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Overview: Today we will be talking about a critical point to understand when trading candle sticks. What is the difference between wick rejections and wick exhaustion?
The, or one of the, most common means of day trading is by using candle sticks. They are critical to understand what price has done over a certain period of time. Unlike line charts, they give you a FULL understanding of how low priced fell during a period, how high price rose during a period, and the opens and closes of each specific time period. Understanding how price reacted when trading outside of its open and close “body” is very important to being able to understand how price is reactive to different price ranges, news events, or times. There are two common types of wicks that we will look into and discuss: wick rejections and wick exhaustion.
Wick Rejections: Wick rejections are formed by an extreme shift in trader bias/sentiment, we will see a single candle push deep into a range and then before the candle closes be violently taken over by the opposite market participants. When identifying this type of wick, we want to attribute it with a strong volatile market that is very sensitive to different zones and major trading sessions.
It is most common to see these types of wicks at the beginning of major sessions, at the end of major sessions, or during times of high volatility news (like NFP or FOMC)
Characteristics of Rejection Candles include:
- Large Candles
- Large Wicks (typically in zones)
- Wicks will typically be large as or larger than candles
- Very common to see the majority of the wick pointing in the opposite direction to that of the candle close
- During Major sessions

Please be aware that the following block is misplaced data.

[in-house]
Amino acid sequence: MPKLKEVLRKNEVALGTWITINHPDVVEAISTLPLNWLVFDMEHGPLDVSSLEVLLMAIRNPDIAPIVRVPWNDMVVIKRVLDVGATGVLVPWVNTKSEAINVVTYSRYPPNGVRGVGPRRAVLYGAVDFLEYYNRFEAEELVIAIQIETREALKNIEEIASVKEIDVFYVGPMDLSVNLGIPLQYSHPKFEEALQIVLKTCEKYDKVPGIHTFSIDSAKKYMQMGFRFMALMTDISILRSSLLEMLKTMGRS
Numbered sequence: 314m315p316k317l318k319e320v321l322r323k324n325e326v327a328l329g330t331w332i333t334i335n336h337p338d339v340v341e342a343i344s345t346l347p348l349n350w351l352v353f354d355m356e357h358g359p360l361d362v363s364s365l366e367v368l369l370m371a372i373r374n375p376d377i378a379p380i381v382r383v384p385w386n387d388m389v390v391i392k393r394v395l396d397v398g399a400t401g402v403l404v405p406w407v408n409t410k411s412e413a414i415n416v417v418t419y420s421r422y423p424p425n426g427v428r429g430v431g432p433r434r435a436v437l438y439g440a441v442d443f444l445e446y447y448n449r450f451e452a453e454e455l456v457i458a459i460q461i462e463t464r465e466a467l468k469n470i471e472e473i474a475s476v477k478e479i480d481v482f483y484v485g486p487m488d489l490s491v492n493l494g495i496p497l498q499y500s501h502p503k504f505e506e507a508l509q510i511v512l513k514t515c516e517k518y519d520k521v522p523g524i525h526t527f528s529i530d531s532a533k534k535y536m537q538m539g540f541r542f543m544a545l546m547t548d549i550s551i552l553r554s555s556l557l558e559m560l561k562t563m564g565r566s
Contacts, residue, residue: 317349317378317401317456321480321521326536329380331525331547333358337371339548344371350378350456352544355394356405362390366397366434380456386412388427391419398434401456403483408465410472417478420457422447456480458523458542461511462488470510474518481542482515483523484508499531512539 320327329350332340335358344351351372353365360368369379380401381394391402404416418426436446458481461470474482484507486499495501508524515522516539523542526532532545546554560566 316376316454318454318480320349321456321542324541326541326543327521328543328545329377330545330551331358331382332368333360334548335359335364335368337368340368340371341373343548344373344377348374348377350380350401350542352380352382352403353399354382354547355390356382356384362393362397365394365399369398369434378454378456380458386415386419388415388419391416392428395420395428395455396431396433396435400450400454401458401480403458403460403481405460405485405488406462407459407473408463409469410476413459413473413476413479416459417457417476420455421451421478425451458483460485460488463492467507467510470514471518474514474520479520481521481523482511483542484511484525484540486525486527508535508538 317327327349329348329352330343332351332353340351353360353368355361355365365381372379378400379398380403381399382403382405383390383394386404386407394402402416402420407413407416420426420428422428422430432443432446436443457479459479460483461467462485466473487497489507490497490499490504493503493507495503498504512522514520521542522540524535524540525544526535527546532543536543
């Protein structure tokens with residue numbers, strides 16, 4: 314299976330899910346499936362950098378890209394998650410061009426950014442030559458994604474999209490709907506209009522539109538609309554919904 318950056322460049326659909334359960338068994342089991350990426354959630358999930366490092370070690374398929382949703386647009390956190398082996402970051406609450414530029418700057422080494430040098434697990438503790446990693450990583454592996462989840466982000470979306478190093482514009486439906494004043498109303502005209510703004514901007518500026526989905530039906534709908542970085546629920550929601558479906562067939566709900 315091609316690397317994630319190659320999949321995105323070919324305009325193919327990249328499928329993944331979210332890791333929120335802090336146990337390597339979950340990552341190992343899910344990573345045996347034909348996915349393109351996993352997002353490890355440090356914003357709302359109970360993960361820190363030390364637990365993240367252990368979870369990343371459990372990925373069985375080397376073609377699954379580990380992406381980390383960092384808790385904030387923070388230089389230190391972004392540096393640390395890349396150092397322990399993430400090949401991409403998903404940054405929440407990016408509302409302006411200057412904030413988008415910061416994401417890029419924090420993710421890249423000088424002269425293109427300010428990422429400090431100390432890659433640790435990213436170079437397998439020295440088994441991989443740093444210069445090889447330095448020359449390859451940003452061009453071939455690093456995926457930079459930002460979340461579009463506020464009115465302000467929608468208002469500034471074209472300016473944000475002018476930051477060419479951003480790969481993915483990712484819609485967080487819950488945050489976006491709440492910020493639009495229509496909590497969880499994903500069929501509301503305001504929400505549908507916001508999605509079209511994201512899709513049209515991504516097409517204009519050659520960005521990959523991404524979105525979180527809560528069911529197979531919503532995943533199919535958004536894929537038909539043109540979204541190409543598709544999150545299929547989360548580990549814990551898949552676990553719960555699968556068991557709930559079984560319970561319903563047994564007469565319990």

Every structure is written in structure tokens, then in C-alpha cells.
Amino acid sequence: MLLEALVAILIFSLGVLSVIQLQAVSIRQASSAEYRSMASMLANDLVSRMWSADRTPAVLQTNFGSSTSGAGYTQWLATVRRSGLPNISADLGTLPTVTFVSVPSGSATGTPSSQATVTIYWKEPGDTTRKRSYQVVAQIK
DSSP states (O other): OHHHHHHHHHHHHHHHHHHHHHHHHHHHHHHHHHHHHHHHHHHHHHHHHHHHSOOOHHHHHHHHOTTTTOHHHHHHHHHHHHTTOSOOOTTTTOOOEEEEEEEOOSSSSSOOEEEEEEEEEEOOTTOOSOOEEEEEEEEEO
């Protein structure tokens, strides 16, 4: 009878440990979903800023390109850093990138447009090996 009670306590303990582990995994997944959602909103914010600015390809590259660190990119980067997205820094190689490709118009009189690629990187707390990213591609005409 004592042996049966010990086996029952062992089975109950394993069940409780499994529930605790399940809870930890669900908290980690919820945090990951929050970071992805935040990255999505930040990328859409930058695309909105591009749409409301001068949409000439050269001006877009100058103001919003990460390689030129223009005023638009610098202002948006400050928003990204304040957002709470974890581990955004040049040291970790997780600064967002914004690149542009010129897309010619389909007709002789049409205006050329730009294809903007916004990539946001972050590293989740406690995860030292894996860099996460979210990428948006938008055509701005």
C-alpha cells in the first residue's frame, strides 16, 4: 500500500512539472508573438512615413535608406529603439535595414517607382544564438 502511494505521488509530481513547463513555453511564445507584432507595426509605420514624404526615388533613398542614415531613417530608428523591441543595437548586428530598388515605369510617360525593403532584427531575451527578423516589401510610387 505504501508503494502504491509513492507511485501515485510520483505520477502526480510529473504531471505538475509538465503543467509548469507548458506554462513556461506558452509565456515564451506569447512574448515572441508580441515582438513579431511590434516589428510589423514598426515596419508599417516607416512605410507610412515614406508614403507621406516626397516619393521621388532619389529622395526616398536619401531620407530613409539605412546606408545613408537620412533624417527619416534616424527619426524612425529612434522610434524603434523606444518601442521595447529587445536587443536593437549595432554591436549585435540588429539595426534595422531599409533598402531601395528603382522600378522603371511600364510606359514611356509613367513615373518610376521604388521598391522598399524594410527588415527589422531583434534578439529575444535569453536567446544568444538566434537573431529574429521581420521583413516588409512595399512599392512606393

- During Major News
- Bullish/Bearish Pinbars ARE rejection candles
Examples of Rejection Candles
These candles shown above meet all characteristics of a rejection wicked candle: they are during major trading hours, they have large wicks and large bodies (don’t have to have large bodies, just can’t be dojis).
Exhaustion Wicks: Exhaustion wicks are formed by much more subtle opposing market players. When characterizing an exhaustion wick, we are typically looking at a sessions slow times or during times of low volatility in the markets. We can see exhaustion wicks creating short term pull backs during off sessions to further the move during the next major session or we can see exhaustion wicks initiate a longer short term pull back that may last a few sessions. Typically we will see the former.
It is most common to see these types of wicks during minor sessions and at the end of major sessions (if the session was slow).
Characteristics of Exhaustion Candles include:
- Small Bodied Candles (Compared to rejection candles)
- Small Wicks
- Wicks that go both ways
- Have no clear direction
- No clear direction in the candles
- Does not have to be in or on a zone (in or on a zone will typically lead to larger reversals rather than continuation moves)
- Doji Candles are considered Exhaustion wicked candles
Examples of Exhaustion Candles
All of these examples have the same things in common: they are during off sessions, the lead are just exhaustion until major sessions push markets further, and they are all small bodies, small wicked (relative) and have no clear direction.
To conclude, understanding the difference between exhaustion and rejection wicks is important. It boils down to rejections typically come during major sessions and cause reversals while exhaustion tend to occur during slower sessions and lead to fake reversals.